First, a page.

Kuwait Airways Discriminated Against Israelis

United States government determines that Kuwait Airways discriminated against an Israeli by refusing to sell him a ticket.

Ben Ariel,

Airplane (illustrative)
Airplane (illustrative)
Thinkstock

The United States government has found that Kuwait Airways unlawfully discriminated against a passenger traveling using an Israeli passport by refusing to sell him a ticket for a New York to London flight, The Associated Press reported on Wednesday.

Eldad Gatt, an Israeli citizen, complained to the Department of Transportation that in 2013 he was unable to buy a ticket from John F. Kennedy Airport to London Heathrow Airport through Kuwait Airways because the airline's online booking system prevented him from selecting Israel as his passport-issuing country.

The department investigated and initially rejected Gatt's discrimination complaint, according to a statement and letter provided by transportation officials. Later, however, when Gatt appealed the department's decision, the case was reopened and the department ultimately concluded that the airline had violated a different federal law than the one initially cited by Gatt.

"We considered Mr. Gatt's claim upon an alternative ground ... which holds that an 'air carrier or foreign air carrier may not subject a person, place, port, or type of traffic in foreign air transportation to unreasonable discrimination,'" Blane Workie, DOT's assistant general counsel for enforcement said in a letter to the airline quoted by AP.

The letter added that by refusing to transport Israeli citizens to and from the U.S. and a third country that accepts Israeli citizens, in this case the United Kingdom, the airline is in violation of the law.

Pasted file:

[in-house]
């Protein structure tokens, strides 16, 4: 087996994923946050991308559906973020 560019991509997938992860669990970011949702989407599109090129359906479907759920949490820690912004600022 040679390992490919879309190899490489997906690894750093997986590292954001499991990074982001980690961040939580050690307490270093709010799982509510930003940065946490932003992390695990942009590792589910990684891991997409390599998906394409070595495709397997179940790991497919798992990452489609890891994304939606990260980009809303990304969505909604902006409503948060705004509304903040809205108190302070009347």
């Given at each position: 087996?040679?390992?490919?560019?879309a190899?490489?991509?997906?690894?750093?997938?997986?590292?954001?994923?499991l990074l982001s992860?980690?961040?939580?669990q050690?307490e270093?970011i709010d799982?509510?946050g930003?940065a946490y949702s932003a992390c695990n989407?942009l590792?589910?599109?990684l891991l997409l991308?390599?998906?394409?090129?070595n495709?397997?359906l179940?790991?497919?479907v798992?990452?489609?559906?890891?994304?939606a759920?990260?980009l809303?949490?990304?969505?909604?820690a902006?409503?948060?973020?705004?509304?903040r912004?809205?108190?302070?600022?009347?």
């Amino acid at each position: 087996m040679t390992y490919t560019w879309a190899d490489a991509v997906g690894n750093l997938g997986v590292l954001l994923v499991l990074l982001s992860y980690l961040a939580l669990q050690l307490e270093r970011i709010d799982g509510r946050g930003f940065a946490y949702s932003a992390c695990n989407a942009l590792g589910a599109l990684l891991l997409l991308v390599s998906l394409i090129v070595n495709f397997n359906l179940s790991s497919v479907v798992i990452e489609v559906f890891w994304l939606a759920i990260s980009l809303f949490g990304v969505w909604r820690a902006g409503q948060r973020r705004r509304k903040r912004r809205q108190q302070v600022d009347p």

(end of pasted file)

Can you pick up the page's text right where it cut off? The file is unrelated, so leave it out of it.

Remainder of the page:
"We expect (Kuwait Airways) to sell tickets to and transport Israeli citizens between the U.S. and any third country where they are allowed to disembark based on the laws of that country," Workie said, according to AP.

The airline explained in response that it is against the law in Kuwait to do business with any Israeli citizen or company, and that punishment for a violation could result in imprisonment and hard labor, according to the department.

"We do not find the interest of Kuwait in the enforcement of its laws in this case to be greater than the interest of the United States in the enforcement of its laws," the letter said, according to AP. "It is our view that the U.S. interest in providing nondiscriminatory access to air transportation to an individual traveling from the U.S. to a third country that allows that individual's entry is greater than Kuwait's interest in applying its economic boycott of Israel."

The department has given the airline 15 days to respond. Kuwait Airways officials did not immediately respond to a request for comment from The Associated Press.

A similar incident occurred in 2013 with Saudi Arabian Airlines, when the airline discriminated against Israeli citizens by refusing to fly them from U.S. airports even when passengers were simply looking to transfer in Saudi Arabia to another country.

In 2011, the Zionist Organization of America (ZOA) asked Delta Air Lines to end a 'Sky Team' alliance with Saudi Arabian Airlines, saying it would lead to discriminatory practices against Jewish travelers. The request was made after it was reported that Jews and Israelis or passengers carrying any non-Islamic article of faith would not be able to fly code-share flights from the U.S. to Saudi Arabia under the partnership.

Delta later issued an official statement saying that it does not support discriminatory policies based on race, religion, gender, nationality, or age. 

The airline also explained the terms of its agreement with the Saudi carrier are limited to booking services and "simply allow passengers to book tickets on multiple carriers."




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